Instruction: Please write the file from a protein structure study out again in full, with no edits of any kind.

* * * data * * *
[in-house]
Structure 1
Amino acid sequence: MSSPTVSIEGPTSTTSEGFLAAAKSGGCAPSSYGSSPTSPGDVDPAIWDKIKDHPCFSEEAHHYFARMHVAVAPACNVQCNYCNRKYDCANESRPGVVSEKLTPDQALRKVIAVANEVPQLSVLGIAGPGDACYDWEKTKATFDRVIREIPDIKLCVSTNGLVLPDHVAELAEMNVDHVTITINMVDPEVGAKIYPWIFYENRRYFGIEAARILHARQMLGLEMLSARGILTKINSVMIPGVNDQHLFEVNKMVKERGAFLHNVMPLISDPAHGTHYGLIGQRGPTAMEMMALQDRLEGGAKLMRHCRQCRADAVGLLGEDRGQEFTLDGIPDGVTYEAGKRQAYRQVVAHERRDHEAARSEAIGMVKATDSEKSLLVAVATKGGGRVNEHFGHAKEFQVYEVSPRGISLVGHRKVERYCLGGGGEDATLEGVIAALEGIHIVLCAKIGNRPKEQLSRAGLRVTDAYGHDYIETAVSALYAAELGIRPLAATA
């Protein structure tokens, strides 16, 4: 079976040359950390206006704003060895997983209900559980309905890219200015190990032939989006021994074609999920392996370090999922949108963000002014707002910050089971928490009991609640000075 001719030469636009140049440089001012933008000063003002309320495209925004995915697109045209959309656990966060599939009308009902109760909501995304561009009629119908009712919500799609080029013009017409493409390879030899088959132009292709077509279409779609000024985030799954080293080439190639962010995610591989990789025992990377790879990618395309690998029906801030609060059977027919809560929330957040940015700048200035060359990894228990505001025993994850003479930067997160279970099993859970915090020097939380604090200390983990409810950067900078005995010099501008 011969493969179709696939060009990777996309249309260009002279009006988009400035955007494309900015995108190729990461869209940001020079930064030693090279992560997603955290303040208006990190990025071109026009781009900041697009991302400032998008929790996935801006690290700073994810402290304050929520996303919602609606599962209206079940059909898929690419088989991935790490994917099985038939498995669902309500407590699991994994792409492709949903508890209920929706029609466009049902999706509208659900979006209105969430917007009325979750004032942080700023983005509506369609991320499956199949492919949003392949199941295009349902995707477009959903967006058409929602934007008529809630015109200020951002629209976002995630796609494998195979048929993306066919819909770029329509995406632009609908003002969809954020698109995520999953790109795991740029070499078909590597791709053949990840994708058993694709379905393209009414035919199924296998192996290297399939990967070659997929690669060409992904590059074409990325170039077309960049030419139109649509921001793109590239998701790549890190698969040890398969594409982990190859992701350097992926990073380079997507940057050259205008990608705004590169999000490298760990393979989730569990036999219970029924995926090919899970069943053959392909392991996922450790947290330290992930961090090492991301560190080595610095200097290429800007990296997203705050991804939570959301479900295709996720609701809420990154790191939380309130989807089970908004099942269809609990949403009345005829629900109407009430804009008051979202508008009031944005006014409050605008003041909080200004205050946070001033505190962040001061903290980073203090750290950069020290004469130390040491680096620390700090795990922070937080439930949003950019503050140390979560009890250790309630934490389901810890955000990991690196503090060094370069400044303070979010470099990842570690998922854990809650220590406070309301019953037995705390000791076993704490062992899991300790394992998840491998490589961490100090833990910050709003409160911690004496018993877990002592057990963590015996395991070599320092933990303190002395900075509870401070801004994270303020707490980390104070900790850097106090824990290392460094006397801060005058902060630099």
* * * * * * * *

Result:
[in-house]
Structure 1
Amino acid sequence: MSSPTVSIEGPTSTTSEGFLAAAKSGGCAPSSYGSSPTSPGDVDPAIWDKIKDHPCFSEEAHHYFARMHVAVAPACNVQCNYCNRKYDCANESRPGVVSEKLTPDQALRKVIAVANEVPQLSVLGIAGPGDACYDWEKTKATFDRVIREIPDIKLCVSTNGLVLPDHVAELAEMNVDHVTITINMVDPEVGAKIYPWIFYENRRYFGIEAARILHARQMLGLEMLSARGILTKINSVMIPGVNDQHLFEVNKMVKERGAFLHNVMPLISDPAHGTHYGLIGQRGPTAMEMMALQDRLEGGAKLMRHCRQCRADAVGLLGEDRGQEFTLDGIPDGVTYEAGKRQAYRQVVAHERRDHEAARSEAIGMVKATDSEKSLLVAVATKGGGRVNEHFGHAKEFQVYEVSPRGISLVGHRKVERYCLGGGGEDATLEGVIAALEGIHIVLCAKIGNRPKEQLSRAGLRVTDAYGHDYIETAVSALYAAELGIRPLAATA
């Protein structure tokens, strides 16, 4: 079976040359950390206006704003060895997983209900559980309905890219200015190990032939989006021994074609999920392996370090999922949108963000002014707002910050089971928490009991609640000075 001719030469636009140049440089001012933008000063003002309320495209925004995915697109045209959309656990966060599939009308009902109760909501995304561009009629119908009712919500799609080029013009017409493409390879030899088959132009292709077509279409779609000024985030799954080293080439190639962010995610591989990789025992990377790879990618395309690998029906801030609060059977027919809560929330957040940015700048200035060359990894228990505001025993994850003479930067997160279970099993859970915090020097939380604090200390983990409810950067900078005995010099501008 011969493969179709696939060009990777996309249309260009002279009006988009400035955007494309900015995108190729990461869209940001020079930064030693090279992560997603955290303040208006990190990025071109026009781009900041697009991302400032998008929790996935801006690290700073994810402290304050929520996303919602609606599962209206079940059909898929690419088989991935790490994917099985038939498995669902309500407590699991994994792409492709949903508890209920929706029609466009049902999706509208659900979006209105969430917007009325979750004032942080700023983005509506369609991320499956199949492919949003392949199941295009349902995707477009959903967006058409929602934007008529809630015109200020951002629209976002995630796609494998195979048929993306066919819909770029329509995406632009609908003002969809954020698109995520999953790109795991740029070499078909590597791709053949990840994708058993694709379905393209009414035919199924296998192996290297399939990967070659997929690669060409992904590059074409990325170039077309960049030419139109649509921001793109590239998701790549890190698969040890398969594409982990190859992701350097992926990073380079997507940057050259205008990608705004590169999000490298760990393979989730569990036999219970029924995926090919899970069943053959392909392991996922450790947290330290992930961090090492991301560190080595610095200097290429800007990296997203705050991804939570959301479900295709996720609701809420990154790191939380309130989807089970908004099942269809609990949403009345005829629900109407009430804009008051979202508008009031944005006014409050605008003041909080200004205050946070001033505190962040001061903290980073203090750290950069020290004469130390040491680096620390700090795990922070937080439930949003950019503050140390979560009890250790309630934490389901810890955000990991690196503090060094370069400044303070979010470099990842570690998922854990809650220590406070309301019953037995705390000791076993704490062992899991300790394992998840491998490589961490100090833990910050709003409160911690004496018993877990002592057990963590015996395991070599320092933990303190002395900075509870401070801004994270303020707490980390104070900790850097106090824990290392460094006397801060005058902060630099």